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NFL, Yahoo announce deal to stream one regular-season game for free

NFL, Yahoo announce deal to stream one regular-season game for free
NFL Commissioner Roger Goodell speaks to reportersduring the NFL owners' meetings in San Francisco on May 20, 2015. (Jeff Chiu / Associated Press)

The NFL will stream the live broadcast of a regular-season game over the Internet next season for the first time, the league announced Wednesday.

In a partnership with Yahoo, the NFL will stream the Oct. 25 game between the Buffalo Bills and Jacksonville Jaguars from London on Oct. 25 for free. The league says the game will be available to "fans around the world for free on any device."

The game will be made available across several Yahoo properties, including Yahoo Sports, Yahoo Screen and Tumblr. It is the first deal the NFL has ever made outside of traditional cable and satellite television providers to provide live, regular-season game content to fans.

"The NFL has always been committed to being at the forefront of media innovation," NFL Commissioner Roger Goodell said in a statement. "Through this partnership with Yahoo -- one of the world's most recognizable digital brands -- we are taking another important step in that direction as we continue to closely monitor the rapidly evolving digital media landscape."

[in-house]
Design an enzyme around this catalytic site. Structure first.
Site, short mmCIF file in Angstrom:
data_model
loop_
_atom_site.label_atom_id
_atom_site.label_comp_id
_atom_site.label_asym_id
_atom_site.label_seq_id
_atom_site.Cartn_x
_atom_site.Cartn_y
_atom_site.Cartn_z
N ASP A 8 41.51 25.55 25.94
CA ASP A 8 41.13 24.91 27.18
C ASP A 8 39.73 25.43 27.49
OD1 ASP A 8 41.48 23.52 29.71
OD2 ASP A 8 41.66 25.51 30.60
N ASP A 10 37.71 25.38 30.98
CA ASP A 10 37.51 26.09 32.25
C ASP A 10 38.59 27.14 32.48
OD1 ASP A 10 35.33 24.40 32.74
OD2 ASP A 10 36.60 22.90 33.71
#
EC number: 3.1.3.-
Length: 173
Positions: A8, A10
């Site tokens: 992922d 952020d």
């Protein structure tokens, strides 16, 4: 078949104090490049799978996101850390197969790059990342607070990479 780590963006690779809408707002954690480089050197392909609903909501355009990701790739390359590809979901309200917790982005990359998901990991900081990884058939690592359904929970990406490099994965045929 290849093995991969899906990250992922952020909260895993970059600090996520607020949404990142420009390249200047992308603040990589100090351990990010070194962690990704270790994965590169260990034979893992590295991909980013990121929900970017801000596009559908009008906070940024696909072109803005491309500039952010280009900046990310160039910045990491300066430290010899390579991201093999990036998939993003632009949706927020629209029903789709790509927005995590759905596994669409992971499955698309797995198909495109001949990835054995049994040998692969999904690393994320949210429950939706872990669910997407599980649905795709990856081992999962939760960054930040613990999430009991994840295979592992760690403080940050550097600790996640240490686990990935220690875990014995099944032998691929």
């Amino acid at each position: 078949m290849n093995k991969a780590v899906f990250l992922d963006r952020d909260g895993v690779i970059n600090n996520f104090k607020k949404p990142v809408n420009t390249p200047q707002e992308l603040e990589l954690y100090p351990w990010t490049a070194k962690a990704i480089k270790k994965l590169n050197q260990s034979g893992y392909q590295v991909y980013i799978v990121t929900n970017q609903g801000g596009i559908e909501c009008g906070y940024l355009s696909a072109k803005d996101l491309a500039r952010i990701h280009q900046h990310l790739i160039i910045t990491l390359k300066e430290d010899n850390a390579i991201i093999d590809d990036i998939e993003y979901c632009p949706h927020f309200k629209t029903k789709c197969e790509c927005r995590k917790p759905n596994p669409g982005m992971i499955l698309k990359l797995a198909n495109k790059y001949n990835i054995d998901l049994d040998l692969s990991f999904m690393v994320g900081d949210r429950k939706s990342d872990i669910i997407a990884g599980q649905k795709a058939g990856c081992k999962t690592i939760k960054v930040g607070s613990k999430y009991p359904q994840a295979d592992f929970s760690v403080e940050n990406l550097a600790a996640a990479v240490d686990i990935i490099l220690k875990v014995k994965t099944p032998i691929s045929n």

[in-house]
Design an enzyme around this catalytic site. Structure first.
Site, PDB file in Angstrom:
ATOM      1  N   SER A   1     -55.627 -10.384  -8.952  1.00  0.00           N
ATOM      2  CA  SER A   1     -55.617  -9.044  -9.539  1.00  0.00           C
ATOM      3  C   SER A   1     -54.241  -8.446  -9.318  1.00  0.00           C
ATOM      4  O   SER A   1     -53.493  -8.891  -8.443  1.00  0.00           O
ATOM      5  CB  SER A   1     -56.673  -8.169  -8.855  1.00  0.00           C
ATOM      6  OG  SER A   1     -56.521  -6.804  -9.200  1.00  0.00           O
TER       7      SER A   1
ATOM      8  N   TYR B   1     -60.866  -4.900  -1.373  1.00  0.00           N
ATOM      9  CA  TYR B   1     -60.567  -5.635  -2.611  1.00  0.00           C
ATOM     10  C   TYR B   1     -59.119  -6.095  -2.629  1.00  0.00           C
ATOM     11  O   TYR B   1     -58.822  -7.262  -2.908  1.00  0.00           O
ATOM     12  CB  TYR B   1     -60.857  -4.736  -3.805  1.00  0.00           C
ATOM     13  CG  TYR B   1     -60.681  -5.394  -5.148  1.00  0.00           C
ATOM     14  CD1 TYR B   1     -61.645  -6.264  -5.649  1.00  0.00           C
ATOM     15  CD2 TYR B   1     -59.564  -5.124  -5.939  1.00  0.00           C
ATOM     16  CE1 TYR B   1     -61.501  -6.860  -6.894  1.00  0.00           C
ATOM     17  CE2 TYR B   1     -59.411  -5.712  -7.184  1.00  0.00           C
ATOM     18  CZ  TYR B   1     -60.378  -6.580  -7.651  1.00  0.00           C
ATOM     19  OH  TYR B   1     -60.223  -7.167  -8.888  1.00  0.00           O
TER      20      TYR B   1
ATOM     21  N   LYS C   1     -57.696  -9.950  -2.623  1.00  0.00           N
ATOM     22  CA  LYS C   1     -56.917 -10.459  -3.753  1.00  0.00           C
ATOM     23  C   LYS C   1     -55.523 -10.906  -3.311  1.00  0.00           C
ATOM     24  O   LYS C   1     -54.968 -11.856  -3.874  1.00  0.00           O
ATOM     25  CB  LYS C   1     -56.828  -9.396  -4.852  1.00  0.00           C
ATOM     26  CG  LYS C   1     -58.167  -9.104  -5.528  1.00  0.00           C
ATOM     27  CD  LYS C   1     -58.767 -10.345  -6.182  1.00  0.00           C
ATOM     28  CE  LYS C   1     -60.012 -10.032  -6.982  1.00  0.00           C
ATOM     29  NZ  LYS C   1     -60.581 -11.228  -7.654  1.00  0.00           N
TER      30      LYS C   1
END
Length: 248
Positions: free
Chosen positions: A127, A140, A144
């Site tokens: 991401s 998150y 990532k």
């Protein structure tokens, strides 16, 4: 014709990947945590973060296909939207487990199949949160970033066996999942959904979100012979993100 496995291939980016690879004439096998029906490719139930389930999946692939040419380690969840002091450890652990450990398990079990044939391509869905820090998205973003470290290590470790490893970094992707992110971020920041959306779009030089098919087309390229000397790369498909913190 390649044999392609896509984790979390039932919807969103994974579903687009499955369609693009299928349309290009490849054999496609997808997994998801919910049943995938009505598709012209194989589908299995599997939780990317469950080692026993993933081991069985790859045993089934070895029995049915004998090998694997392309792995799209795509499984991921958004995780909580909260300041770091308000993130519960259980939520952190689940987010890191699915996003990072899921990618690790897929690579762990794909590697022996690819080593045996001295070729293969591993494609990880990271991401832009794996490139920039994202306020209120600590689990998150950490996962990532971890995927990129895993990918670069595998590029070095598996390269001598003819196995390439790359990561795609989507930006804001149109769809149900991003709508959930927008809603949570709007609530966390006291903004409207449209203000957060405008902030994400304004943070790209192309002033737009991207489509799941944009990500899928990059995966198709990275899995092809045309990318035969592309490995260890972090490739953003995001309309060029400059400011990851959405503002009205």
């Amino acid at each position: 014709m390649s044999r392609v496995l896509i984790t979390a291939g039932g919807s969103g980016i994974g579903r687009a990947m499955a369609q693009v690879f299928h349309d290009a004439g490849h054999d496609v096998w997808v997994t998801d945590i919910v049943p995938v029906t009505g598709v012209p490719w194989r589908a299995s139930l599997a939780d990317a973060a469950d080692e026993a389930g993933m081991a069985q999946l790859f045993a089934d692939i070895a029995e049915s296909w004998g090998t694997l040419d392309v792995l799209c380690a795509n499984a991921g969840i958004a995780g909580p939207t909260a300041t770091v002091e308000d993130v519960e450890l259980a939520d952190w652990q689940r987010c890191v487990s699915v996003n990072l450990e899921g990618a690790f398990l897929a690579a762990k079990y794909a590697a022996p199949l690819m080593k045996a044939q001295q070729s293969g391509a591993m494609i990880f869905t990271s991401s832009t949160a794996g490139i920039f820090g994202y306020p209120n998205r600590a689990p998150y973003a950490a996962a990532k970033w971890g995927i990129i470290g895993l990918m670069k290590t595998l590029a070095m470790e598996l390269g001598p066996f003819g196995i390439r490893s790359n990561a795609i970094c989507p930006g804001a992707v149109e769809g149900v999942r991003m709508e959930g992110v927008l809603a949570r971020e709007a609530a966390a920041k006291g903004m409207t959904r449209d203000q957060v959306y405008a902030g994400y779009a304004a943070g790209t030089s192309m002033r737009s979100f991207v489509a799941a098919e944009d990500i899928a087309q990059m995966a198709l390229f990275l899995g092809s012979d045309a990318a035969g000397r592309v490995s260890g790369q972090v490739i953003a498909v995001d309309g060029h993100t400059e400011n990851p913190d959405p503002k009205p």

Still, the game allows the NFL to take a somewhat cautious approach to its first foray into regular-season game streaming. The Bills-Jaguars contest is part of the league's annual International Series, and it's scheduled to start at 6:30 a.m. PDT -- 3½ hours earlier than a typical early Sunday game. The game won't be on live TV, except in the Buffalo and Jacksonville markets.

This isn't the first time the NFL has tried to expand its digital footprint using its broadcasting resources. In January, the league launched a YouTube channel with game previews, post-game recaps and news clips.

"Our partnership provides the ultimate football experience -- with digital availability, designed for the modern fan," said Marissa Mayer, president and chief executive of Yahoo.

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